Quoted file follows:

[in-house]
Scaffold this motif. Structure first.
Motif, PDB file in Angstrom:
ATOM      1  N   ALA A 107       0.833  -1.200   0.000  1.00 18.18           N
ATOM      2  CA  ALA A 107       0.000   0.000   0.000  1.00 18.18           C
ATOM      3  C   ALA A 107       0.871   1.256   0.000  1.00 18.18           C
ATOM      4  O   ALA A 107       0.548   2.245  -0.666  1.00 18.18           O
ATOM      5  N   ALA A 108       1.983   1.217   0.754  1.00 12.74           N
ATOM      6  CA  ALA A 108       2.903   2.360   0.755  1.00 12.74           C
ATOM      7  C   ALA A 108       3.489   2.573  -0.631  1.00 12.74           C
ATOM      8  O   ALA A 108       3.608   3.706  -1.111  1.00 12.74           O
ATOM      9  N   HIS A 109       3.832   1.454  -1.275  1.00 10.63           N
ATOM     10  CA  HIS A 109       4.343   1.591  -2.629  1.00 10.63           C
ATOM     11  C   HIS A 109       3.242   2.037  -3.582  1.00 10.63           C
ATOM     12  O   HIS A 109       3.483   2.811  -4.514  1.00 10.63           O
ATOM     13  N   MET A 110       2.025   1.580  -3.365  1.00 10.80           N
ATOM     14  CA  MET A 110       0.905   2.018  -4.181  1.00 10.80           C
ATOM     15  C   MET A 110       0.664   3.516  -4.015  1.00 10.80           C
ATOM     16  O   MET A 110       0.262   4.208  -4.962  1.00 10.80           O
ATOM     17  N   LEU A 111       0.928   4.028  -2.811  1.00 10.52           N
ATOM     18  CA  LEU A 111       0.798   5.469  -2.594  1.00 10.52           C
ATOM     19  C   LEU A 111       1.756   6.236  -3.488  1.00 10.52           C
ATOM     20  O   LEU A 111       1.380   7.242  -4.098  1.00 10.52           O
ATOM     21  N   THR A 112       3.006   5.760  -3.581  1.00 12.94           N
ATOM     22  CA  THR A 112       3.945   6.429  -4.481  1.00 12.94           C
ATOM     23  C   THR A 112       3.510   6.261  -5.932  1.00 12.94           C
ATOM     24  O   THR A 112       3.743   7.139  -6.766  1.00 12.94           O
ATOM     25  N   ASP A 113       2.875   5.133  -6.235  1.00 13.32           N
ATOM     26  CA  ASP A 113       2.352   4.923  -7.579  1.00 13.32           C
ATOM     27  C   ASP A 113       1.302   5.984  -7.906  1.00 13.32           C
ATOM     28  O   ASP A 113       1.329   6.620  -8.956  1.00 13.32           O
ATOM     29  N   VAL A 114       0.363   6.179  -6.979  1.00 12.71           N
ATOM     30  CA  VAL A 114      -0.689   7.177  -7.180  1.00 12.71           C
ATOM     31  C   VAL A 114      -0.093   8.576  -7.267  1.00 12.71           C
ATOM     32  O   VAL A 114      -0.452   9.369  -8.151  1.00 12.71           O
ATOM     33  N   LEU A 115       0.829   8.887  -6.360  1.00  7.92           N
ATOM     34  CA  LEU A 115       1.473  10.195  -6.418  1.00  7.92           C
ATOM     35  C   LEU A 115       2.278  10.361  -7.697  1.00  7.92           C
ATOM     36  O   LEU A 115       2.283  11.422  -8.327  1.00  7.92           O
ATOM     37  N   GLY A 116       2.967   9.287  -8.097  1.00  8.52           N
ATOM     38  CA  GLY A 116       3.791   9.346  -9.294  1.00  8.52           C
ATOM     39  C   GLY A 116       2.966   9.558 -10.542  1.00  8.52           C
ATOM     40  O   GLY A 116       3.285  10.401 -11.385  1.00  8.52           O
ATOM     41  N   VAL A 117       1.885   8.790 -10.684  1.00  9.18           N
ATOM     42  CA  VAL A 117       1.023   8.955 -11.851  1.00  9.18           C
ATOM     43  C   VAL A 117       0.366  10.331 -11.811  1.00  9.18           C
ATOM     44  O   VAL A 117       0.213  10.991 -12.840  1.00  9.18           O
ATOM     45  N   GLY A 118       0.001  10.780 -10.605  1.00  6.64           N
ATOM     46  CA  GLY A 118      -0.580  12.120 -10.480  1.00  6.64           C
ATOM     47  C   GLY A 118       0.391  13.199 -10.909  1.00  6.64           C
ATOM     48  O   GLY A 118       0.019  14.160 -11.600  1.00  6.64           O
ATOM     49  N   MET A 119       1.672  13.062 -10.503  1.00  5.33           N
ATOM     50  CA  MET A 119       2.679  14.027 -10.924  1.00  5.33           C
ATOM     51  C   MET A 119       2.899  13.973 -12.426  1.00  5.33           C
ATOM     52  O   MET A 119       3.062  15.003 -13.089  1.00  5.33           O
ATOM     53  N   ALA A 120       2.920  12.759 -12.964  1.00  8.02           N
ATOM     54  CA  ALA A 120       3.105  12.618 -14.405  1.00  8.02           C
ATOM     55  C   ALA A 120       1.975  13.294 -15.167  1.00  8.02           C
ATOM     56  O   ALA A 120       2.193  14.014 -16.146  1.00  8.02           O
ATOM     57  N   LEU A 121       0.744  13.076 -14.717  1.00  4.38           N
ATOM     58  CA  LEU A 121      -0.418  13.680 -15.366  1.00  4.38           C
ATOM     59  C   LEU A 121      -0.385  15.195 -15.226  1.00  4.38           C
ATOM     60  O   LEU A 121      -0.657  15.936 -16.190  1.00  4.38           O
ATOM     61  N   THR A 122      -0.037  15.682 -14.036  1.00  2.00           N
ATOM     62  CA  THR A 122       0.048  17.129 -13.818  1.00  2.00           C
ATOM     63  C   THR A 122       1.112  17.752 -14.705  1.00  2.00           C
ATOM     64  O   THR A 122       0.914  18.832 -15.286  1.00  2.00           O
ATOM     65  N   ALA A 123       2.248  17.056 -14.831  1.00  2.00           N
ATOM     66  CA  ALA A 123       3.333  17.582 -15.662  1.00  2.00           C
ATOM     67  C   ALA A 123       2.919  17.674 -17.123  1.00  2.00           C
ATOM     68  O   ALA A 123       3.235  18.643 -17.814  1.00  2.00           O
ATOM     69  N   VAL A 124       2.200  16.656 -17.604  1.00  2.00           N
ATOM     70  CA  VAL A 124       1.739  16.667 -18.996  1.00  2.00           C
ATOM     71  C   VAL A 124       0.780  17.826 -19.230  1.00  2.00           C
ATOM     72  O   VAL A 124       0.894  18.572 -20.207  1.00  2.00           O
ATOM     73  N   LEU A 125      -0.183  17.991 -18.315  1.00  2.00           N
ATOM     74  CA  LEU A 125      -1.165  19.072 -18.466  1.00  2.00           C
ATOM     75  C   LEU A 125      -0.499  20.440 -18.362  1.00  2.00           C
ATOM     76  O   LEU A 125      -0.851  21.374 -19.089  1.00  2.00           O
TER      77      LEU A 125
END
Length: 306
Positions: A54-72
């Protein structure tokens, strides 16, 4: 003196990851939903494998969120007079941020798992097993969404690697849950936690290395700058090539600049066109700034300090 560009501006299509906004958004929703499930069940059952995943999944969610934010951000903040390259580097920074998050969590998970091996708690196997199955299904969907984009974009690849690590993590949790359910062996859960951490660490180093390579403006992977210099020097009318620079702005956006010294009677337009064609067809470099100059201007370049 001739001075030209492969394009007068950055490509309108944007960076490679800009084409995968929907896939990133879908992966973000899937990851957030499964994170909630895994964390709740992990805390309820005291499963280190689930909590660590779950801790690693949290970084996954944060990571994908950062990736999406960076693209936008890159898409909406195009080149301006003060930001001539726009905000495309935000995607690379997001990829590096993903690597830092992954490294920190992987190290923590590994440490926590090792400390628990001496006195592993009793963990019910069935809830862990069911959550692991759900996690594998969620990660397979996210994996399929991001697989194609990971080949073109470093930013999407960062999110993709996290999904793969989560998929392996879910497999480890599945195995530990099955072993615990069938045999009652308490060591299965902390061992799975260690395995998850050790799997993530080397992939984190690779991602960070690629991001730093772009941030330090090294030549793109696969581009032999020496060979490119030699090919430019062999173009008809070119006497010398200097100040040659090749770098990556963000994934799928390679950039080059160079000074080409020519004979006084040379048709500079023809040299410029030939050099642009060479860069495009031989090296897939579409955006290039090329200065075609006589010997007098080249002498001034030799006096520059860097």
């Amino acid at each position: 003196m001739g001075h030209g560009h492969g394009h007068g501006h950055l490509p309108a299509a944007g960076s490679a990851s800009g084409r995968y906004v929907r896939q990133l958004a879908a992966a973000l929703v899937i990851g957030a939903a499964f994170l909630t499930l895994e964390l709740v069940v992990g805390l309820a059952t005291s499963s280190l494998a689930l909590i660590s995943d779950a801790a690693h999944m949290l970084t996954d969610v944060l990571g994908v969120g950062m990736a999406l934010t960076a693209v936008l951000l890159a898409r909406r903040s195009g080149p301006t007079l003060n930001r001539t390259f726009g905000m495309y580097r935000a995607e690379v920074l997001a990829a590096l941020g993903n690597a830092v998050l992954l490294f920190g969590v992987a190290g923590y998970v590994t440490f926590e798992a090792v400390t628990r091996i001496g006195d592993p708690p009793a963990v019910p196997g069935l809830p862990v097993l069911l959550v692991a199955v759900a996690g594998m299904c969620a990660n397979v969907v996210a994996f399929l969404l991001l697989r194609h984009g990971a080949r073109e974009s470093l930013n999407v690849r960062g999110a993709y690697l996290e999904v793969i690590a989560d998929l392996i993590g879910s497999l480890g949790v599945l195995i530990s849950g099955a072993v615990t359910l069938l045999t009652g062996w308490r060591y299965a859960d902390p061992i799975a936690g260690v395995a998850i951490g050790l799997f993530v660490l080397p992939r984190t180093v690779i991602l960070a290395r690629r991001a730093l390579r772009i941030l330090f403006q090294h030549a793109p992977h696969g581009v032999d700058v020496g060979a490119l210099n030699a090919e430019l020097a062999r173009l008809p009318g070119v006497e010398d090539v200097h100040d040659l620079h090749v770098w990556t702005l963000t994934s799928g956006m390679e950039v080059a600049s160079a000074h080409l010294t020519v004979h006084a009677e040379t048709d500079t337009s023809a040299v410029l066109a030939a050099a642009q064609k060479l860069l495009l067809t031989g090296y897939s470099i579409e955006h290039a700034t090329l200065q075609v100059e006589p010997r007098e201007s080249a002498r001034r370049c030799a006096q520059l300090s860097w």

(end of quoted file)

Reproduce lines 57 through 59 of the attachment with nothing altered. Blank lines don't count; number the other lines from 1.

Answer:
ATOM     54  CA  ALA A 120       3.105  12.618 -14.405  1.00  8.02           C
ATOM     55  C   ALA A 120       1.975  13.294 -15.167  1.00  8.02           C
ATOM     56  O   ALA A 120       2.193  14.014 -16.146  1.00  8.02           O